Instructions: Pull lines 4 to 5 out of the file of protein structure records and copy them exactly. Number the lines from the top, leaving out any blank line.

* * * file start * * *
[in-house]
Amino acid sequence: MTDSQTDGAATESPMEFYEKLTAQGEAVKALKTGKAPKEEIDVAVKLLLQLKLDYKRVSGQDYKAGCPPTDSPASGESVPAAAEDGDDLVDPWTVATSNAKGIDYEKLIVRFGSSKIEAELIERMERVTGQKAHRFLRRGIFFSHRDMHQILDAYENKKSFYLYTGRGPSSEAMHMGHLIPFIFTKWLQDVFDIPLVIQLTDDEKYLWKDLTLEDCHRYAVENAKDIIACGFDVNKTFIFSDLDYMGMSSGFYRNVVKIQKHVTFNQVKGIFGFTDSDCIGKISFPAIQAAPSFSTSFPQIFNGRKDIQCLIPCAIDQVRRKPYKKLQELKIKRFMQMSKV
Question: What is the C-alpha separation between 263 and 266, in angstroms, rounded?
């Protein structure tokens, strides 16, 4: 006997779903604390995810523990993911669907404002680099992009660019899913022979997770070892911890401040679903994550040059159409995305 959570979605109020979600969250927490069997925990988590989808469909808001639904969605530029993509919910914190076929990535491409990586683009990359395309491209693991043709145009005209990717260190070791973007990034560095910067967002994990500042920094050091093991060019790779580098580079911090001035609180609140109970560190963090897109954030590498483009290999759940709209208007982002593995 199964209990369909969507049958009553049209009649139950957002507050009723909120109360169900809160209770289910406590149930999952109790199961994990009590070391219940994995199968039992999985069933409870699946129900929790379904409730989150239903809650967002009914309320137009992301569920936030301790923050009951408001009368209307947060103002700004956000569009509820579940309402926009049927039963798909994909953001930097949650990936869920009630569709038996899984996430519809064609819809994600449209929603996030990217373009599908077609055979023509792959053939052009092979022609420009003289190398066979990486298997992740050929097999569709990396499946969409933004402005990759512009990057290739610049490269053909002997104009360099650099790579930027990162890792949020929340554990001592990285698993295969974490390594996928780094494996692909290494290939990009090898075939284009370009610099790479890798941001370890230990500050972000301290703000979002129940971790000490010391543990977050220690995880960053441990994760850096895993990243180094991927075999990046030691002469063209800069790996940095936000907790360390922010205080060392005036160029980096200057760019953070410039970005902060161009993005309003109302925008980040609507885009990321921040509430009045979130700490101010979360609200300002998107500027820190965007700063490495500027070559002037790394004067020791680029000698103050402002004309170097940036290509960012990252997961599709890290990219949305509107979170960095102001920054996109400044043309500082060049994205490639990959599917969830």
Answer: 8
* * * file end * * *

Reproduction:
């Protein structure tokens, strides 16, 4: 006997779903604390995810523990993911669907404002680099992009660019899913022979997770070892911890401040679903994550040059159409995305 959570979605109020979600969250927490069997925990988590989808469909808001639904969605530029993509919910914190076929990535491409990586683009990359395309491209693991043709145009005209990717260190070791973007990034560095910067967002994990500042920094050091093991060019790779580098580079911090001035609180609140109970560190963090897109954030590498483009290999759940709209208007982002593995 199964209990369909969507049958009553049209009649139950957002507050009723909120109360169900809160209770289910406590149930999952109790199961994990009590070391219940994995199968039992999985069933409870699946129900929790379904409730989150239903809650967002009914309320137009992301569920936030301790923050009951408001009368209307947060103002700004956000569009509820579940309402926009049927039963798909994909953001930097949650990936869920009630569709038996899984996430519809064609819809994600449209929603996030990217373009599908077609055979023509792959053939052009092979022609420009003289190398066979990486298997992740050929097999569709990396499946969409933004402005990759512009990057290739610049490269053909002997104009360099650099790579930027990162890792949020929340554990001592990285698993295969974490390594996928780094494996692909290494290939990009090898075939284009370009610099790479890798941001370890230990500050972000301290703000979002129940971790000490010391543990977050220690995880960053441990994760850096895993990243180094991927075999990046030691002469063209800069790996940095936000907790360390922010205080060392005036160029980096200057760019953070410039970005902060161009993005309003109302925008980040609507885009990321921040509430009045979130700490101010979360609200300002998107500027820190965007700063490495500027070559002037790394004067020791680029000698103050402002004309170097940036290509960012990252997961599709890290990219949305509107979170960095102001920054996109400044043309500082060049994205490639990959599917969830």
Answer: 8